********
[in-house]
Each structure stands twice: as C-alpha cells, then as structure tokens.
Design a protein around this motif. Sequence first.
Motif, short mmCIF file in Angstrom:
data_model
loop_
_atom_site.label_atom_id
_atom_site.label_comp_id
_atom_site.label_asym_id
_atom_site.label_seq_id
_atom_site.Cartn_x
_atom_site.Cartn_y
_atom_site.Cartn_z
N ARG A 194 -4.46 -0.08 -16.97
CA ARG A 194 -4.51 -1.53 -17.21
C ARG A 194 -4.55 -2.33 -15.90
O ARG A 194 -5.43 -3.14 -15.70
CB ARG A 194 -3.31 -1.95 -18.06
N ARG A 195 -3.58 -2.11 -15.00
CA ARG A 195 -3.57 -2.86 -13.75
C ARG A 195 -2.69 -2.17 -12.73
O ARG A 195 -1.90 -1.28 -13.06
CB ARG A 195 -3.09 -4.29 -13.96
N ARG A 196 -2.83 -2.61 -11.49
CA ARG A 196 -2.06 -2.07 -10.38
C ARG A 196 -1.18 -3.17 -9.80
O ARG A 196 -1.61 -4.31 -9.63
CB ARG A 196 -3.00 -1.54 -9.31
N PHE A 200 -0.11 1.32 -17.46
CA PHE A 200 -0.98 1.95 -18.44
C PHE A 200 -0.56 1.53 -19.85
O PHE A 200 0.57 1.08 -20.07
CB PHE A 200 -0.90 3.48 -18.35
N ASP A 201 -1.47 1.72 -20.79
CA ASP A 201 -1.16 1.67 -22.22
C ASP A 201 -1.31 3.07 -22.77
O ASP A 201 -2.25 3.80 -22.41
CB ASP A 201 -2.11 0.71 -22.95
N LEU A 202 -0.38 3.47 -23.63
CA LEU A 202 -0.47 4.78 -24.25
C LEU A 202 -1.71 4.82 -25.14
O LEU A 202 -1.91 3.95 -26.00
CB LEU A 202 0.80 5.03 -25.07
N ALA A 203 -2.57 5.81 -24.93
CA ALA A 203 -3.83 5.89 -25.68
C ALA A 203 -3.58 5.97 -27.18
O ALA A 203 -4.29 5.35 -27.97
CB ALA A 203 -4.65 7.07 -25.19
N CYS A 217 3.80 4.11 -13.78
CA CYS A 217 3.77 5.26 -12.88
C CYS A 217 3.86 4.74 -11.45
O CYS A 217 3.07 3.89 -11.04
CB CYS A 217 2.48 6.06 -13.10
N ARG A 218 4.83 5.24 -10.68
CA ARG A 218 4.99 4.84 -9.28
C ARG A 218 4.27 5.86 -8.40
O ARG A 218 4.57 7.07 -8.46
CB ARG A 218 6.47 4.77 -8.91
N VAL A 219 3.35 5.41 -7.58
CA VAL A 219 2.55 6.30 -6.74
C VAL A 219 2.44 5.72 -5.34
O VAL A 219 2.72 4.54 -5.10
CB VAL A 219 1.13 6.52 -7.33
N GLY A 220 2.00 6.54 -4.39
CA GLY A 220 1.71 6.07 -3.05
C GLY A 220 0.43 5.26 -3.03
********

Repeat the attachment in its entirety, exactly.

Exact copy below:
[in-house]
Each structure stands twice: as C-alpha cells, then as structure tokens.
Design a protein around this motif. Sequence first.
Motif, short mmCIF file in Angstrom:
data_model
loop_
_atom_site.label_atom_id
_atom_site.label_comp_id
_atom_site.label_asym_id
_atom_site.label_seq_id
_atom_site.Cartn_x
_atom_site.Cartn_y
_atom_site.Cartn_z
N ARG A 194 -4.46 -0.08 -16.97
CA ARG A 194 -4.51 -1.53 -17.21
C ARG A 194 -4.55 -2.33 -15.90
O ARG A 194 -5.43 -3.14 -15.70
CB ARG A 194 -3.31 -1.95 -18.06
N ARG A 195 -3.58 -2.11 -15.00
CA ARG A 195 -3.57 -2.86 -13.75
C ARG A 195 -2.69 -2.17 -12.73
O ARG A 195 -1.90 -1.28 -13.06
CB ARG A 195 -3.09 -4.29 -13.96
N ARG A 196 -2.83 -2.61 -11.49
CA ARG A 196 -2.06 -2.07 -10.38
C ARG A 196 -1.18 -3.17 -9.80
O ARG A 196 -1.61 -4.31 -9.63
CB ARG A 196 -3.00 -1.54 -9.31
N PHE A 200 -0.11 1.32 -17.46
CA PHE A 200 -0.98 1.95 -18.44
C PHE A 200 -0.56 1.53 -19.85
O PHE A 200 0.57 1.08 -20.07
CB PHE A 200 -0.90 3.48 -18.35
N ASP A 201 -1.47 1.72 -20.79
CA ASP A 201 -1.16 1.67 -22.22
C ASP A 201 -1.31 3.07 -22.77
O ASP A 201 -2.25 3.80 -22.41
CB ASP A 201 -2.11 0.71 -22.95
N LEU A 202 -0.38 3.47 -23.63
CA LEU A 202 -0.47 4.78 -24.25
C LEU A 202 -1.71 4.82 -25.14
O LEU A 202 -1.91 3.95 -26.00
CB LEU A 202 0.80 5.03 -25.07
N ALA A 203 -2.57 5.81 -24.93
CA ALA A 203 -3.83 5.89 -25.68
C ALA A 203 -3.58 5.97 -27.18
O ALA A 203 -4.29 5.35 -27.97
CB ALA A 203 -4.65 7.07 -25.19
N CYS A 217 3.80 4.11 -13.78
CA CYS A 217 3.77 5.26 -12.88
C CYS A 217 3.86 4.74 -11.45
O CYS A 217 3.07 3.89 -11.04
CB CYS A 217 2.48 6.06 -13.10
N ARG A 218 4.83 5.24 -10.68
CA ARG A 218 4.99 4.84 -9.28
C ARG A 218 4.27 5.86 -8.40
O ARG A 218 4.57 7.07 -8.46
CB ARG A 218 6.47 4.77 -8.91
N VAL A 219 3.35 5.41 -7.58
CA VAL A 219 2.55 6.30 -6.74
C VAL A 219 2.44 5.72 -5.34
O VAL A 219 2.72 4.54 -5.10
CB VAL A 219 1.13 6.52 -7.33
N GLY A 220 2.00 6.54 -4.39
CA GLY A 220 1.71 6.07 -3.05
C GLY A 220 0.43 5.26 -3.03